Los Angeles Opera Review: THE MARRIAGE OF FIGARO (Pacific Opera Project)

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by Barnaby Hughes on April 15, 2013

in Theater-Los Angeles

A MARRIAGE MADE IN HEAVEN

Less than a month after its pop-up production of The Barber of Seville, Pacific Opera Project (POP) continues Beaumarchais’ trilogy with Mozart’s The Marriage of Figaro (Le Nozze di Figaro). Unlike that pop-production, this brief run in two successive weekends at Porticos Art Space in Pasadena and the Miles Memorial Playhouse in Santa Monica includes a full orchestra and opera chorus. What surprised me most was how little difference these additions made. Perhaps it is because the larger space more easily absorbs the greater sound or that the company’s pop-up productions are getting more and more elaborate. Whatever it is, I like the way POP continues to experiment with different types of venues and performances.

Barnaby Hughes' Stage and Cinema review of Pacific Opera Project's THE MARRIAGE OF FIGARO.As with Mozart’s Cosi Fan Tutte, which is similar both musically and stylistically, The Marriage of Figaro is an opera buffa (comic opera) and a collaboration with librettist Lorenzo da Ponte. It was first performed in 1786. The entire plot of the opera takes place in a single day and culminates with the nuptials of Figaro (LeRoy Villanueva). Yet, before Figaro can marry his beloved Susanna (Katherine Giaquinto), many of his rivals seek to delay or prevent the wedding, including Count Almaviva (Daniel Scofield). Among the numerous subplots is the effort of Bartolo (E. Scott Levin) to marry Figaro to Marcellina (Julia Metzler), though Figaro discovers that Marcellina is actually his own mother and Bartolo his father. Another subplot involves Cherubino (Elizabeth Rigby Jones), a lovestruck young gallant who flirts with the Countess (Daria Somers) and later runs off with Barbarina (Ariel Downs). In true comedic fashion, all ends well with no plot thread left untied.

Barnaby Hughes' Stage and Cinema review of Pacific Opera Project's THE MARRIAGE OF FIGARO.POP performs The Marriage of Figaro in its entirety, which takes about three hours, including a short intermission and two pauses between acts. This makes for a long evening, but fortunately there is never a dull moment. Even the slow scenes fail to drag, such as the Countess’ lament at the beginning of the second act, which is enlivened by Somers’ incredibly moving and lyrical singing of the aria “Porgi, amor, qualche ristoro.” In typical POP fashion, the opera’s setting has been transposed to a more familiar time and place: 1980s Miami. The homage to the film Scarface is evident in the gangster personas adopt by the male characters as well as in the costumes designed by Maggie Green. Figaro, for example, dons a well-cut pale yellow suit and open-necked lavender shirt with matching shoes.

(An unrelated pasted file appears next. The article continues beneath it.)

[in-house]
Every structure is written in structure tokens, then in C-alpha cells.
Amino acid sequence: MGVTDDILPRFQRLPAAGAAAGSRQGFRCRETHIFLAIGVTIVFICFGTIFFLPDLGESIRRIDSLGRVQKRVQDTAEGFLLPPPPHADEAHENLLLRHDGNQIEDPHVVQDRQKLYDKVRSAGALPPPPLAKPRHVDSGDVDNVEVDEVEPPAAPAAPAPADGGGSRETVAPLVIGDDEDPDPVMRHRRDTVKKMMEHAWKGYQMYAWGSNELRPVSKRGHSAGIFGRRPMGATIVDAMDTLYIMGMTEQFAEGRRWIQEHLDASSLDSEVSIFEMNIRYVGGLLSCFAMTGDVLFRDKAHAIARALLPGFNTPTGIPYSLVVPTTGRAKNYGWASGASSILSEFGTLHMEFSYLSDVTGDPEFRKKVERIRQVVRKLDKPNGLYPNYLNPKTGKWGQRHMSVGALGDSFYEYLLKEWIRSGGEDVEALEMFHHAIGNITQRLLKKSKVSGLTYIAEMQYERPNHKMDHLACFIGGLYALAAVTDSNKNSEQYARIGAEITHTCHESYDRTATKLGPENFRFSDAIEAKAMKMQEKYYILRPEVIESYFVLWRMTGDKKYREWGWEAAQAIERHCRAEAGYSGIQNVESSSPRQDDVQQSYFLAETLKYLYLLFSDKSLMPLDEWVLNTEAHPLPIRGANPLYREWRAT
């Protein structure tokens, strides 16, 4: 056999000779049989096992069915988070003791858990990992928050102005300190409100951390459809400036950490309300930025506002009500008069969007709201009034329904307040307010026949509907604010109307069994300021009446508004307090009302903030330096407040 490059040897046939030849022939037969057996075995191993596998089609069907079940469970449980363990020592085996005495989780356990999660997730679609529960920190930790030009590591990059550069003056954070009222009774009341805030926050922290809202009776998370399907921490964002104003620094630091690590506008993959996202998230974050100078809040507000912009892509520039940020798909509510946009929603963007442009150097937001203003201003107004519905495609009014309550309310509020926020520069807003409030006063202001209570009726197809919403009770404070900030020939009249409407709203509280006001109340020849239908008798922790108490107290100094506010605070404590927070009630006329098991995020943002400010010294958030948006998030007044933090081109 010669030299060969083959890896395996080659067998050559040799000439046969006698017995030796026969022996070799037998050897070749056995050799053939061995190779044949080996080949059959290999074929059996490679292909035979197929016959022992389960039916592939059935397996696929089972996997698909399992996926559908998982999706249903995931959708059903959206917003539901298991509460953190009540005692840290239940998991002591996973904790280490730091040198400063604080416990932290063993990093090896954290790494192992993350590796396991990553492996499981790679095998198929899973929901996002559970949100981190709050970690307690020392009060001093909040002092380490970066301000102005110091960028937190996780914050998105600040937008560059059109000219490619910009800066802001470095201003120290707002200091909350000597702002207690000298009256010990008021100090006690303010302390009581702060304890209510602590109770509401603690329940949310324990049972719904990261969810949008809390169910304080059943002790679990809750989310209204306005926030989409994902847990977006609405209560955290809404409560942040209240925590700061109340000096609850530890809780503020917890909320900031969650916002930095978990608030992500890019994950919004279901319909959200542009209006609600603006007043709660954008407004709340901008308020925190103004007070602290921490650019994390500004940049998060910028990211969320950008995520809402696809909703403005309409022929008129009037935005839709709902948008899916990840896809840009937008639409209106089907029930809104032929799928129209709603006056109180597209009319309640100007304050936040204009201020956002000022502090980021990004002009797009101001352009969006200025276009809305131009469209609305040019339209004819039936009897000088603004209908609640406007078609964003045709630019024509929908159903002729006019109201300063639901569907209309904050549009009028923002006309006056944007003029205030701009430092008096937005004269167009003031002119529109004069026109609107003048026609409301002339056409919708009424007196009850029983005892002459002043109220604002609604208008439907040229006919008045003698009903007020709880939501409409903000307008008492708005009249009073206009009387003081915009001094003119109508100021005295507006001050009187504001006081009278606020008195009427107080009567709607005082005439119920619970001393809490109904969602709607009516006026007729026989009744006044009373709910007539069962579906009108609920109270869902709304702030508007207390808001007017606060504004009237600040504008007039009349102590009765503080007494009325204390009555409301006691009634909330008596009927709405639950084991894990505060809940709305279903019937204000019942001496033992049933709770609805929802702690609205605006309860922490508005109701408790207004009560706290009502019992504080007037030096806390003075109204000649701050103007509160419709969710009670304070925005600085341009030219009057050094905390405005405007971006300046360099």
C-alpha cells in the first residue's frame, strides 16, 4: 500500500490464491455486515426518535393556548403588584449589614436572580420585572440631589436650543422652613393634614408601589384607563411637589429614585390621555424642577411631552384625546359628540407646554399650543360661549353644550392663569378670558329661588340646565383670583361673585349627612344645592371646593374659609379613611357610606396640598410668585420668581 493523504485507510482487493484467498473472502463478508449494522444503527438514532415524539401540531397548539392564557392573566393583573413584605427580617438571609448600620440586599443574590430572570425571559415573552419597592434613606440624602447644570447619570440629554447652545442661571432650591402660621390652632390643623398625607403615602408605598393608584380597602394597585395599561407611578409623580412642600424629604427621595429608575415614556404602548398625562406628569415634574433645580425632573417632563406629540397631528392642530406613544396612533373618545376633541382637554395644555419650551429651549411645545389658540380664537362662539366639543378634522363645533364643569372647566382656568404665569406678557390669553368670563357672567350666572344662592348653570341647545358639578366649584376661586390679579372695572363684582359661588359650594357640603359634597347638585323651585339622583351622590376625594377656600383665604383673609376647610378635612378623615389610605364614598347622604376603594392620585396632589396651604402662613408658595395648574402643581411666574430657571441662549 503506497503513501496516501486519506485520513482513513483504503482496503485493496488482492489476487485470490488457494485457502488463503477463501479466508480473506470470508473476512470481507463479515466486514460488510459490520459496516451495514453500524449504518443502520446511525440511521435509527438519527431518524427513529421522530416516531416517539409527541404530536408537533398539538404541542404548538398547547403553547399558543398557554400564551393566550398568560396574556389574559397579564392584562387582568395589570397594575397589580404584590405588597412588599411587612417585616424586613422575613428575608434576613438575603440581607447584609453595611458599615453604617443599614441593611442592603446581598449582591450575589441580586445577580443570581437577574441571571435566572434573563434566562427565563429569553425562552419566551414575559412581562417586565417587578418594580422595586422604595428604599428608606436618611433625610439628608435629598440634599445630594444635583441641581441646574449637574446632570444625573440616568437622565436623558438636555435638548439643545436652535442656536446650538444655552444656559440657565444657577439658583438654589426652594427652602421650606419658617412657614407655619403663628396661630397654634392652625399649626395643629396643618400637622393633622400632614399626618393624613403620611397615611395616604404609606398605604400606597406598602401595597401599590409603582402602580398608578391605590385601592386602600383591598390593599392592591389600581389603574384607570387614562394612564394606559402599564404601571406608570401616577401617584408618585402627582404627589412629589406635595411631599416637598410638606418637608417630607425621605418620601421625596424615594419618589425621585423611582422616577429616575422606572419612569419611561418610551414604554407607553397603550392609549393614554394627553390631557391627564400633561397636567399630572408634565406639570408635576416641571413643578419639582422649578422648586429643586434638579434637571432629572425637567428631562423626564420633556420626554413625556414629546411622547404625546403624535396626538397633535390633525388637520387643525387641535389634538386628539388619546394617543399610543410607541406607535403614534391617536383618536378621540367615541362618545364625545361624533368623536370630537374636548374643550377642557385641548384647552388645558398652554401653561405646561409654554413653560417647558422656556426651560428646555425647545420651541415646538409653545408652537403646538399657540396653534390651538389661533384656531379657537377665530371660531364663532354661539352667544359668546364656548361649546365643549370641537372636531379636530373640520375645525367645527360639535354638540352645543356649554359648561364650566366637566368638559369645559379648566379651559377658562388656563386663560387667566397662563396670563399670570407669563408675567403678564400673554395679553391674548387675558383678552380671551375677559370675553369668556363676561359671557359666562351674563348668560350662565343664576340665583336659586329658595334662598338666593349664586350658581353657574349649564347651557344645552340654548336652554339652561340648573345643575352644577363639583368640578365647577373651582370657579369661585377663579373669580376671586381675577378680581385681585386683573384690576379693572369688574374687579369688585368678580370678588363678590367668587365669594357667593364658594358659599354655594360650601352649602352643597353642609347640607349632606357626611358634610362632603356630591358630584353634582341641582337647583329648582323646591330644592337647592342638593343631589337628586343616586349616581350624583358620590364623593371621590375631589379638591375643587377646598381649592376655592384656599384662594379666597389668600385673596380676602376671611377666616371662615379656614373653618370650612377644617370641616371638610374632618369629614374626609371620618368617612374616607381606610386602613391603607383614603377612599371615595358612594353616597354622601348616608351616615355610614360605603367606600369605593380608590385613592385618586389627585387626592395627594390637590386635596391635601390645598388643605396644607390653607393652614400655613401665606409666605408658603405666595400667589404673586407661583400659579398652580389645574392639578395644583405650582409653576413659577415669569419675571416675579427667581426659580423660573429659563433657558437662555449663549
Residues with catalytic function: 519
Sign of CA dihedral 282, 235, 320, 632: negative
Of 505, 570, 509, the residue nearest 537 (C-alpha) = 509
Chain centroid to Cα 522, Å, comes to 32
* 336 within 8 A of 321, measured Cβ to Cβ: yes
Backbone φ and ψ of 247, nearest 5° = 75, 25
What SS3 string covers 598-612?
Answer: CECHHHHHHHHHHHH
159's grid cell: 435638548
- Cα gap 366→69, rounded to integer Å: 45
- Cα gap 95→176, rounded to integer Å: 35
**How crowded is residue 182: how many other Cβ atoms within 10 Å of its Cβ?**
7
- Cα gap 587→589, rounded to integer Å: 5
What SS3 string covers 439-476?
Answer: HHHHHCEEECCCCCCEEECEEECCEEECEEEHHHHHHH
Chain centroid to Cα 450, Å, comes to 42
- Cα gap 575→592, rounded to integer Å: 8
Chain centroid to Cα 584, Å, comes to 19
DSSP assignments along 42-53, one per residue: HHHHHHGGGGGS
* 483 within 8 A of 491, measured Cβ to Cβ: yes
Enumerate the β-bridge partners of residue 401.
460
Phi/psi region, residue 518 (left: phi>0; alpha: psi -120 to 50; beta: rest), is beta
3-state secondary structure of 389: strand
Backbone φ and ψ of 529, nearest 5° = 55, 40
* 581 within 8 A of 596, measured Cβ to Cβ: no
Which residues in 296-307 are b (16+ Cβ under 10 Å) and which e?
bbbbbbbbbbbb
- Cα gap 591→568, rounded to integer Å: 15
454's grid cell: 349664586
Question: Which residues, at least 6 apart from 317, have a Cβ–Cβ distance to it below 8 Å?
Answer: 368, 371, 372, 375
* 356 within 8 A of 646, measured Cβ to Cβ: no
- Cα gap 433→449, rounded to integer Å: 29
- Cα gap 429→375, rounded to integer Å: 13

Barnaby Hughes' Stage and Cinema review of Pacific Opera Project's THE MARRIAGE OF FIGARO.A fun and fairly light-hearted show, this POP production isn’t as laugh-out-loud funny as some of their previous productions. Numerous zany antics do enliven the first act, as when Cherubino hides under Susanna’s chair and the Count hides behind it (not knowing that Cherubino is there, too) and when Marcellina simulates giving oral sex to Bartolo under the bed covers. Yet there are also darker elements, such as the waving of guns and the Count’s uncontrollable anger (Scofield overdoes it on occasion). Giaquinto characteristically provides plenty of sass and sex appeal, while Somers is all emotion. Rigby Jones, in the gender-bending role of Cherubino, is noteworthy for the beauty and balance of her soprano voice. While Villanueva displays excellent technique and a knack for comic facial expressions, it is Scofield’s powerful baritone that drives the action. Levin, a POP stalwart, puts in perhaps his best performance yet.

Barnaby Hughes' Stage and Cinema review of Pacific Opera Project's THE MARRIAGE OF FIGARO.Artistic director Josh Shaw and music director Stephen Karr have once again put together an entertaining, accessible and affordable operatic production. It is impressive in its scale, sometimes putting more than twenty talented singers on the stage with multiple and complex set changes. A comic and musical delight, Pacific Opera Project’s production of The Marriage of Figaro does full justice to Mozart’s genius. Stay tuned for their September production of Gilbert & Sullivan’s The Mikado.

Barnaby Hughes' Stage and Cinema review of Pacific Opera Project's THE MARRIAGE OF FIGARO.photos by Mik Milman

The Marriage of Figaro
Pacific Opera Project
April 12-14, 2013
Porticos Art Space in Pasadena
April 19-21, 2013
Miles Memorial Playhouse in Santa Monica

for tickets, call (323) 739-6122
or visit http://www.pacificoperaproject.com/

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